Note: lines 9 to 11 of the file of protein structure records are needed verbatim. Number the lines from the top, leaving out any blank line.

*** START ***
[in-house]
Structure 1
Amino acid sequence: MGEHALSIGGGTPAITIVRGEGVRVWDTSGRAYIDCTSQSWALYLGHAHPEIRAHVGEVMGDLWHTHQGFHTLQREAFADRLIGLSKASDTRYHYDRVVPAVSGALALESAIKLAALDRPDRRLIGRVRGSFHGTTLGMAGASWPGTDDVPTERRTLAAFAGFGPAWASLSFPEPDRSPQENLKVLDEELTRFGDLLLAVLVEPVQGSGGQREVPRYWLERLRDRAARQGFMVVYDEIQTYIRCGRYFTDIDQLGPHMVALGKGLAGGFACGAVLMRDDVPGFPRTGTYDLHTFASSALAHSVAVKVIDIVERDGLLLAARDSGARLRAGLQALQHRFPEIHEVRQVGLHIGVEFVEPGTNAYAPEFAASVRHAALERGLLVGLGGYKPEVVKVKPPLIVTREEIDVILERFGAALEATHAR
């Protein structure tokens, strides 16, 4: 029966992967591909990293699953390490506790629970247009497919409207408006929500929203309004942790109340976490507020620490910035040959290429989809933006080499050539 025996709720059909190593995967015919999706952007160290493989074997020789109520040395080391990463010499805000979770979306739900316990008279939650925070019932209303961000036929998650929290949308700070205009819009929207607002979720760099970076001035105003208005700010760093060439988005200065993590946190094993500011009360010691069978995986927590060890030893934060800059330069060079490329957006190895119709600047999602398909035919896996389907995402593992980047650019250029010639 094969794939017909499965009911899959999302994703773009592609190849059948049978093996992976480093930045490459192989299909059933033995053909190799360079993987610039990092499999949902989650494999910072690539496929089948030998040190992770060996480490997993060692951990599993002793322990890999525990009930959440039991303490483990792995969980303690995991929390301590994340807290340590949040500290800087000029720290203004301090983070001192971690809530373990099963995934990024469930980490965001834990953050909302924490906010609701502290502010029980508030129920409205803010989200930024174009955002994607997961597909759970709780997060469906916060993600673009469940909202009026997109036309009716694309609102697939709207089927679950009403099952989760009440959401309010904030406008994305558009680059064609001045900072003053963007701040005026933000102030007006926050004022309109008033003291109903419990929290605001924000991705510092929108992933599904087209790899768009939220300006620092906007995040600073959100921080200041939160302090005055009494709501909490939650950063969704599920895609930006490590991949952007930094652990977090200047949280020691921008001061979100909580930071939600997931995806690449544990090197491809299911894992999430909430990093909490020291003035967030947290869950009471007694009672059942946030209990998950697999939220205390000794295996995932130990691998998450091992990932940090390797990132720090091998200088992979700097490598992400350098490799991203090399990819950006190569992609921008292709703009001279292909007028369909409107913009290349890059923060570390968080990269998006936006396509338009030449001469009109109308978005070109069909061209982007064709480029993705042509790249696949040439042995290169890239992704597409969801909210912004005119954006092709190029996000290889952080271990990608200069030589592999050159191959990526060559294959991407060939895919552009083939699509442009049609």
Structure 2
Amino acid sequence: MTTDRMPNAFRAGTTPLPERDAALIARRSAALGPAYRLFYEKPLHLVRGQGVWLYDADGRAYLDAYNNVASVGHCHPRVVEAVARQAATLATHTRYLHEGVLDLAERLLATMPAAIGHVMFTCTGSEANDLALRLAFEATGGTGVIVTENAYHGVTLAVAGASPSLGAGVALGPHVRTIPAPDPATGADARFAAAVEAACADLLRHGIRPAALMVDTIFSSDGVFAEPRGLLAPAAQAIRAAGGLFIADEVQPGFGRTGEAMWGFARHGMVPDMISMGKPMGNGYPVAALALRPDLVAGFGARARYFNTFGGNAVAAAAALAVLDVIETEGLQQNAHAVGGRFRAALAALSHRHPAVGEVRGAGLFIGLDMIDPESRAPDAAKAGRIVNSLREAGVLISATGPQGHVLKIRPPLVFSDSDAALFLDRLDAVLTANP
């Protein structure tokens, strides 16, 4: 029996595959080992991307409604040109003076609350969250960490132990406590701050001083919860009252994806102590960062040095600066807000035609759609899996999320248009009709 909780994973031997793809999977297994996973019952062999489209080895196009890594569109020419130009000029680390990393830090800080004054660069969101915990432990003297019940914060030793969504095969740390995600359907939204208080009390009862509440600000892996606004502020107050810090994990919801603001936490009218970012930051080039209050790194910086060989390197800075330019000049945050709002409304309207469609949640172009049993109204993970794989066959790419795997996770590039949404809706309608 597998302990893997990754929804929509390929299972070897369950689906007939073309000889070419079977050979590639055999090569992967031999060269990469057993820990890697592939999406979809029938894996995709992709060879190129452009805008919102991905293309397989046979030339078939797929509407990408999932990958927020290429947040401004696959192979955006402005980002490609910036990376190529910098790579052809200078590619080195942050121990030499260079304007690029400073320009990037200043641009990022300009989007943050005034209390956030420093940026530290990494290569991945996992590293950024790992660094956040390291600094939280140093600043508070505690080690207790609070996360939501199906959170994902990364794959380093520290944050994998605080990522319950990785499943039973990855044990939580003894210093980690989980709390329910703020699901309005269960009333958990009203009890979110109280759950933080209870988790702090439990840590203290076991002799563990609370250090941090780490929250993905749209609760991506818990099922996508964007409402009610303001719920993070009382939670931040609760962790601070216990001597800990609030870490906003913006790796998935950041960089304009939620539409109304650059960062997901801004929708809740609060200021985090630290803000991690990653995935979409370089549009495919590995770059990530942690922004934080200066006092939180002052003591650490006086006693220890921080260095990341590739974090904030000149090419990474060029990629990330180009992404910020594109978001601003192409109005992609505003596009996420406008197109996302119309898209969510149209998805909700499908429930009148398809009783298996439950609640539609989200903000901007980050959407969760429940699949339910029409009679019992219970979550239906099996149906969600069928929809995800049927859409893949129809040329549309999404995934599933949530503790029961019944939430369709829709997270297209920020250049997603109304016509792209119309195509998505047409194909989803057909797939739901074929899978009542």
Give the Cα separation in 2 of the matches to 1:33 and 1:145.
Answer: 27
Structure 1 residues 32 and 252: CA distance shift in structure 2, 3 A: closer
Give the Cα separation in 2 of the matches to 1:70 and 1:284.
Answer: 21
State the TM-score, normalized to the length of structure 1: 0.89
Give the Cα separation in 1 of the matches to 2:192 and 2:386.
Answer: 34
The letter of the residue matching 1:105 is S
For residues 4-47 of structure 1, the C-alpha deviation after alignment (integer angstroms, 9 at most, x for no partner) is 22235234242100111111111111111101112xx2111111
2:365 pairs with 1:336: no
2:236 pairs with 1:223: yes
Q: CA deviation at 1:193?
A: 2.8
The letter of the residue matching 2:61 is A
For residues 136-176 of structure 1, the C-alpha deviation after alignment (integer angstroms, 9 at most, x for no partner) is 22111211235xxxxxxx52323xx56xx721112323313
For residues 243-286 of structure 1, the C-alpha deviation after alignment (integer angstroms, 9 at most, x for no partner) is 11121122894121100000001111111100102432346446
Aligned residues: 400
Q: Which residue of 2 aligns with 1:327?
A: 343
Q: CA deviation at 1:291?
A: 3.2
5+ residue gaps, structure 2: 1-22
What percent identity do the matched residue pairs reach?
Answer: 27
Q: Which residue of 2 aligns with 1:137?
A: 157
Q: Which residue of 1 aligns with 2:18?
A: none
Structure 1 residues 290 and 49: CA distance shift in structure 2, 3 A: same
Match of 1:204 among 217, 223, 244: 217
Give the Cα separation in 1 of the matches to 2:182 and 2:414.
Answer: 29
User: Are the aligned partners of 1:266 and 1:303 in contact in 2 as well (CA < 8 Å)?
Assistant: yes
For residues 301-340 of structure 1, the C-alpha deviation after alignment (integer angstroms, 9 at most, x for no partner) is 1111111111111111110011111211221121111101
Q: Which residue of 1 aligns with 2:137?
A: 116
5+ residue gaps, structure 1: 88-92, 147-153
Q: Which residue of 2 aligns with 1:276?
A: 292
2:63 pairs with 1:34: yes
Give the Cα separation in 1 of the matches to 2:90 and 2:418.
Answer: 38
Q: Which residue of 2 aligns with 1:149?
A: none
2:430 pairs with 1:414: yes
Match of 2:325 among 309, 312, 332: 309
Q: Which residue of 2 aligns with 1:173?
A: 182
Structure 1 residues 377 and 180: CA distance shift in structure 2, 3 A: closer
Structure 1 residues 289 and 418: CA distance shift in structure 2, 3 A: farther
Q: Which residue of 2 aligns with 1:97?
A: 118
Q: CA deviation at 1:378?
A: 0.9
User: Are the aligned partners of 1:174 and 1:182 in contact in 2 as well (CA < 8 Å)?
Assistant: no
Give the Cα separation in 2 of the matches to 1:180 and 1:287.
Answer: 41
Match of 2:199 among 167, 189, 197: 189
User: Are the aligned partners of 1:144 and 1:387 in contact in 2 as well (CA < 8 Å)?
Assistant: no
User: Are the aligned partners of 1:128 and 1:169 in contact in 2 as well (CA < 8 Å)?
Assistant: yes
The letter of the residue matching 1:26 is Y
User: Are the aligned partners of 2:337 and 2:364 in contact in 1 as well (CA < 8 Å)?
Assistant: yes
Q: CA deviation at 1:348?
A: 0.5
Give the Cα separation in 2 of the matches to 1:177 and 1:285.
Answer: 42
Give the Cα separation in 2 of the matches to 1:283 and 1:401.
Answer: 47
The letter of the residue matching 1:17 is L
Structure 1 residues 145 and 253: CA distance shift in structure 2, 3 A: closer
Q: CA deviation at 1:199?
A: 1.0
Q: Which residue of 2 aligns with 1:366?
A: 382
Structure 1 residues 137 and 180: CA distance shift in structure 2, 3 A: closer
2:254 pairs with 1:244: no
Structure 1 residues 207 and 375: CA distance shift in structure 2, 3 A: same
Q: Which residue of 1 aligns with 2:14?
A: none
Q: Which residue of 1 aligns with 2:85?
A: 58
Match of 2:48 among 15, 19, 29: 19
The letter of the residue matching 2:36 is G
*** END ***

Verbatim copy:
Answer: 27
Structure 1 residues 32 and 252: CA distance shift in structure 2, 3 A: closer
Give the Cα separation in 2 of the matches to 1:70 and 1:284.